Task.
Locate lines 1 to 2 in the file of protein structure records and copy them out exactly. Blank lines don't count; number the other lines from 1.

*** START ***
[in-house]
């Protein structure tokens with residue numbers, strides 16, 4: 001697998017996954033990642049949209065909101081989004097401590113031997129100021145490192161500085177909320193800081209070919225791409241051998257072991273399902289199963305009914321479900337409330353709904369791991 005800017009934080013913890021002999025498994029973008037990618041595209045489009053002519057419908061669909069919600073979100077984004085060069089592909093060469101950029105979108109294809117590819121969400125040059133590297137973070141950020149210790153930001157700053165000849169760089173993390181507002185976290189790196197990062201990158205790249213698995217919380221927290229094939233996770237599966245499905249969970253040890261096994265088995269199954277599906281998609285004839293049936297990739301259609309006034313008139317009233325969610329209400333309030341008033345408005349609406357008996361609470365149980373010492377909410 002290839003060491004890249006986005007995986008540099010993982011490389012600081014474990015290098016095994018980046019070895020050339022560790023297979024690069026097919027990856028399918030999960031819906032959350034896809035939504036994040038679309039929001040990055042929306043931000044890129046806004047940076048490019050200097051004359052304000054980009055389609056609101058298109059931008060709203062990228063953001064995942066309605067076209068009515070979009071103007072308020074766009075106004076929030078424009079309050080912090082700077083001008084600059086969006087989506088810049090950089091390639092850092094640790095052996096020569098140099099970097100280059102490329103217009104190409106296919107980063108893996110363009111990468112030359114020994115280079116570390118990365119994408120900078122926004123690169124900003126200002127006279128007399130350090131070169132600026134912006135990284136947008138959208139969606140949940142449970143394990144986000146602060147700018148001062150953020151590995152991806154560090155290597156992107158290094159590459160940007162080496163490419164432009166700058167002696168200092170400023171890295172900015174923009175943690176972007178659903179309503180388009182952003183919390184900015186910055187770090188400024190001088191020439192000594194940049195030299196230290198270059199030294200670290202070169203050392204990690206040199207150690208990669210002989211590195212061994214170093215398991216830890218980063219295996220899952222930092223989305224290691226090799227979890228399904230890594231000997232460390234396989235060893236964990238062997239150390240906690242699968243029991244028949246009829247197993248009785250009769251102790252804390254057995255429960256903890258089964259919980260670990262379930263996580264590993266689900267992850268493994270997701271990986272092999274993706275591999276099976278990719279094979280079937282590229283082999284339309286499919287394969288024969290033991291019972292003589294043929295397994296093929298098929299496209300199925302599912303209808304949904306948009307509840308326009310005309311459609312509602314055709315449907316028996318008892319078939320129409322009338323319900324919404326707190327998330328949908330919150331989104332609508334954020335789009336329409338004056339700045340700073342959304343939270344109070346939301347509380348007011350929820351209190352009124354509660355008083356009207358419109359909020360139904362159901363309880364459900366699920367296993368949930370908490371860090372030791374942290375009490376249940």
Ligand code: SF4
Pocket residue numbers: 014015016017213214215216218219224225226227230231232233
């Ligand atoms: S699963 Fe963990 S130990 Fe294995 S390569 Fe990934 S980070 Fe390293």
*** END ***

[in-house]
């Protein structure tokens with residue numbers, strides 16, 4: 001697998017996954033990642049949209065909101081989004097401590113031997129100021145490192161500085177909320193800081209070919225791409241051998257072991273399902289199963305009914321479900337409330353709904369791991 005800017009934080013913890021002999025498994029973008037990618041595209045489009053002519057419908061669909069919600073979100077984004085060069089592909093060469101950029105979108109294809117590819121969400125040059133590297137973070141950020149210790153930001157700053165000849169760089173993390181507002185976290189790196197990062201990158205790249213698995217919380221927290229094939233996770237599966245499905249969970253040890261096994265088995269199954277599906281998609285004839293049936297990739301259609309006034313008139317009233325969610329209400333309030341008033345408005349609406357008996361609470365149980373010492377909410 002290839003060491004890249006986005007995986008540099010993982011490389012600081014474990015290098016095994018980046019070895020050339022560790023297979024690069026097919027990856028399918030999960031819906032959350034896809035939504036994040038679309039929001040990055042929306043931000044890129046806004047940076048490019050200097051004359052304000054980009055389609056609101058298109059931008060709203062990228063953001064995942066309605067076209068009515070979009071103007072308020074766009075106004076929030078424009079309050080912090082700077083001008084600059086969006087989506088810049090950089091390639092850092094640790095052996096020569098140099099970097100280059102490329103217009104190409106296919107980063108893996110363009111990468112030359114020994115280079116570390118990365119994408120900078122926004123690169124900003126200002127006279128007399130350090131070169132600026134912006135990284136947008138959208139969606140949940142449970143394990144986000146602060147700018148001062150953020151590995152991806154560090155290597156992107158290094159590459160940007162080496163490419164432009166700058167002696168200092170400023171890295172900015174923009175943690176972007178659903179309503180388009182952003183919390184900015186910055187770090188400024190001088191020439192000594194940049195030299196230290198270059199030294200670290202070169203050392204990690206040199207150690208990669210002989211590195212061994214170093215398991216830890218980063219295996220899952222930092223989305224290691226090799227979890228399904230890594231000997232460390234396989235060893236964990238062997239150390240906690242699968243029991244028949246009829247197993248009785250009769251102790252804390254057995255429960256903890258089964259919980260670990262379930263996580264590993266689900267992850268493994270997701271990986272092999274993706275591999276099976278990719279094979280079937282590229283082999284339309286499919287394969288024969290033991291019972292003589294043929295397994296093929298098929299496209300199925302599912303209808304949904306948009307509840308326009310005309311459609312509602314055709315449907316028996318008892319078939320129409322009338323319900324919404326707190327998330328949908330919150331989104332609508334954020335789009336329409338004056339700045340700073342959304343939270344109070346939301347509380348007011350929820351209190352009124354509660355008083356009207358419109359909020360139904362159901363309880364459900366699920367296993368949930370908490371860090372030791374942290375009490376249940």